We have had this (the pink one on your right) for 2 terms now. I bought it at Iponri Market and while they are quite good at keeping food warm, my challenge has been that it is a bit too wide for her lunch bag and school bag.
I am now going to purchase this model as it is longer and not as wide as the aladdin food flask.
It is a Thermos so I can still expect it to keep food warm. The downside is that it has no compartments, so that means that we will only do soups and one plate meals in them. Shouldn’t be a problem at all!
Dry snacks and Fruits/General Hold all
I have just purchased this. It is not even here yet, so I can’t take a picture of mine, hence the stock photo. There are 3 sections, one large one to the left and 2 smaller ones to the right. The bowl is leak proof from section to section so I can pack things like crackers, tomatoes, carrots and even a little yoghurt in there…all in different compartments at the same time.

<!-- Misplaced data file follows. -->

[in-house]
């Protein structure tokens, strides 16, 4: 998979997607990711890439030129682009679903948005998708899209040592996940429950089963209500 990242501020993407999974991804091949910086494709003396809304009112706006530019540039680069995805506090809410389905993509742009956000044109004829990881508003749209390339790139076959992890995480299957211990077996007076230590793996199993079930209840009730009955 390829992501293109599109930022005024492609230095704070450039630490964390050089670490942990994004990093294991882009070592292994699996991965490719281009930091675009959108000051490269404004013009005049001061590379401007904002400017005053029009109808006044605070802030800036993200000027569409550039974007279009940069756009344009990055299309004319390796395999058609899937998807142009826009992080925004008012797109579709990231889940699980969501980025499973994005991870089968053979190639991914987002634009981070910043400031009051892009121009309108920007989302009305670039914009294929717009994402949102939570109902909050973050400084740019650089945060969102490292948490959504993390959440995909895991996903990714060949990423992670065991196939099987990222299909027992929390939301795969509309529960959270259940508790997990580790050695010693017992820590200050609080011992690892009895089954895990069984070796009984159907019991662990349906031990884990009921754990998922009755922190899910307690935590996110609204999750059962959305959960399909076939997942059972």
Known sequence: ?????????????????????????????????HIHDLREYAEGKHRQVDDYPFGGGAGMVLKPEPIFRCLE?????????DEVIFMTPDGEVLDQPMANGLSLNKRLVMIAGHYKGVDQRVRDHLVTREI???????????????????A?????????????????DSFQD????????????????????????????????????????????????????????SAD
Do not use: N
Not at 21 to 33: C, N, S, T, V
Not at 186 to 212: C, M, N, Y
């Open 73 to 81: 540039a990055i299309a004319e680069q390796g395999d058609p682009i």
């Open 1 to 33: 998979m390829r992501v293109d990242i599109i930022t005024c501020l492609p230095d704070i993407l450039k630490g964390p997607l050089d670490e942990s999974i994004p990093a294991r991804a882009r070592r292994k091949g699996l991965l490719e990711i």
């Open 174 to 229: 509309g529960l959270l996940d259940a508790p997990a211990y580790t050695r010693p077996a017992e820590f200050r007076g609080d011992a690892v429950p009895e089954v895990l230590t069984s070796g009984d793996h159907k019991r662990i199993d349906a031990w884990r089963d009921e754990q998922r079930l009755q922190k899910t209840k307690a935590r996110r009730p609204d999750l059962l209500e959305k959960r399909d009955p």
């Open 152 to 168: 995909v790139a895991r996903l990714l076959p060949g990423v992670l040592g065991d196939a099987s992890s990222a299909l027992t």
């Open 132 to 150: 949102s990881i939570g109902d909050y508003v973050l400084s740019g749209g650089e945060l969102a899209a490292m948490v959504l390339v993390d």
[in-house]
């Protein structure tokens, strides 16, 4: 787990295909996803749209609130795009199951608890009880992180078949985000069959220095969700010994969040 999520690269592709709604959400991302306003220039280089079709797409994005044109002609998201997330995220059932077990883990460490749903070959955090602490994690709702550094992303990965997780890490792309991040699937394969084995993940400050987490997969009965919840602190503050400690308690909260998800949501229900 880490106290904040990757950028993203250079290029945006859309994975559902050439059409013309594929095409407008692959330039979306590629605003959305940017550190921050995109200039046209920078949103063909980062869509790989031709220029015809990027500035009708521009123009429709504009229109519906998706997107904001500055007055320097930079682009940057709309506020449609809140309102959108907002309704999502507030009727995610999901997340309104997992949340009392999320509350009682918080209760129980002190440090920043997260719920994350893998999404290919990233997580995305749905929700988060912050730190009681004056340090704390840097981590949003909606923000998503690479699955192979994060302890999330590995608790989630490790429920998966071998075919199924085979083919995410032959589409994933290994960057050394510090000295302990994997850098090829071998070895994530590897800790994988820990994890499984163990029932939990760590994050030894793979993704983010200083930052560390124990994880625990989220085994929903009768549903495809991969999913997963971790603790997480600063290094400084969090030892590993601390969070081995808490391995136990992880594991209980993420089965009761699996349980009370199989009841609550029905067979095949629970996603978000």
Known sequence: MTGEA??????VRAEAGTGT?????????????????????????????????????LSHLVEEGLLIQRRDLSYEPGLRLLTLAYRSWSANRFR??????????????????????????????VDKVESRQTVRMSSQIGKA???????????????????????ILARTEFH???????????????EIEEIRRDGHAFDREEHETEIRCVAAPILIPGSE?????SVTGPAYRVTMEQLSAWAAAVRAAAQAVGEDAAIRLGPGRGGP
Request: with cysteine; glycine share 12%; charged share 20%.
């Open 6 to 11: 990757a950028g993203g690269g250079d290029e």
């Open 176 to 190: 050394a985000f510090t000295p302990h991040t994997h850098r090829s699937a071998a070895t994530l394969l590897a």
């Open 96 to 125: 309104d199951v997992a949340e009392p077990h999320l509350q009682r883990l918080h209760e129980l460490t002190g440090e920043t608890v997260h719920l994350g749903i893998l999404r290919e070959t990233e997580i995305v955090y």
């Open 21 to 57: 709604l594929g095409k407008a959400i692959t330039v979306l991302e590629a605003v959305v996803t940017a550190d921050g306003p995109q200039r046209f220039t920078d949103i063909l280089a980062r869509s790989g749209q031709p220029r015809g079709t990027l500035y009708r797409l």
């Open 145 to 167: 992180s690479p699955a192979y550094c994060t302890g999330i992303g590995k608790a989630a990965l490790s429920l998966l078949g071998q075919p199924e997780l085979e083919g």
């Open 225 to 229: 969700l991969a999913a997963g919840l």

It is quite easy to clean and also quite cheap at approximately $6.
This is essential for keeping fruits and other perishables cold until my daughter can eat her snacks. I had to stop giving her bananas because they would just go soft and inedible in the humid darkness of her bag before lunch time. I have several ice-packs and move them from freezer to bag. These (pictured above) are the type I have. They are bendable which enables me to wrap them around the Ziploc bowls as I wish.
You can buy ice packs in most pharmacies. They typically have the ones in rigid plastic though…not flexible like the ones I use.
Insulated Lunch bag
To put all these things in, we have this bag which I bought online at Land’s End. This will then be placed in her bag…yes the current one is big enough to hold it all.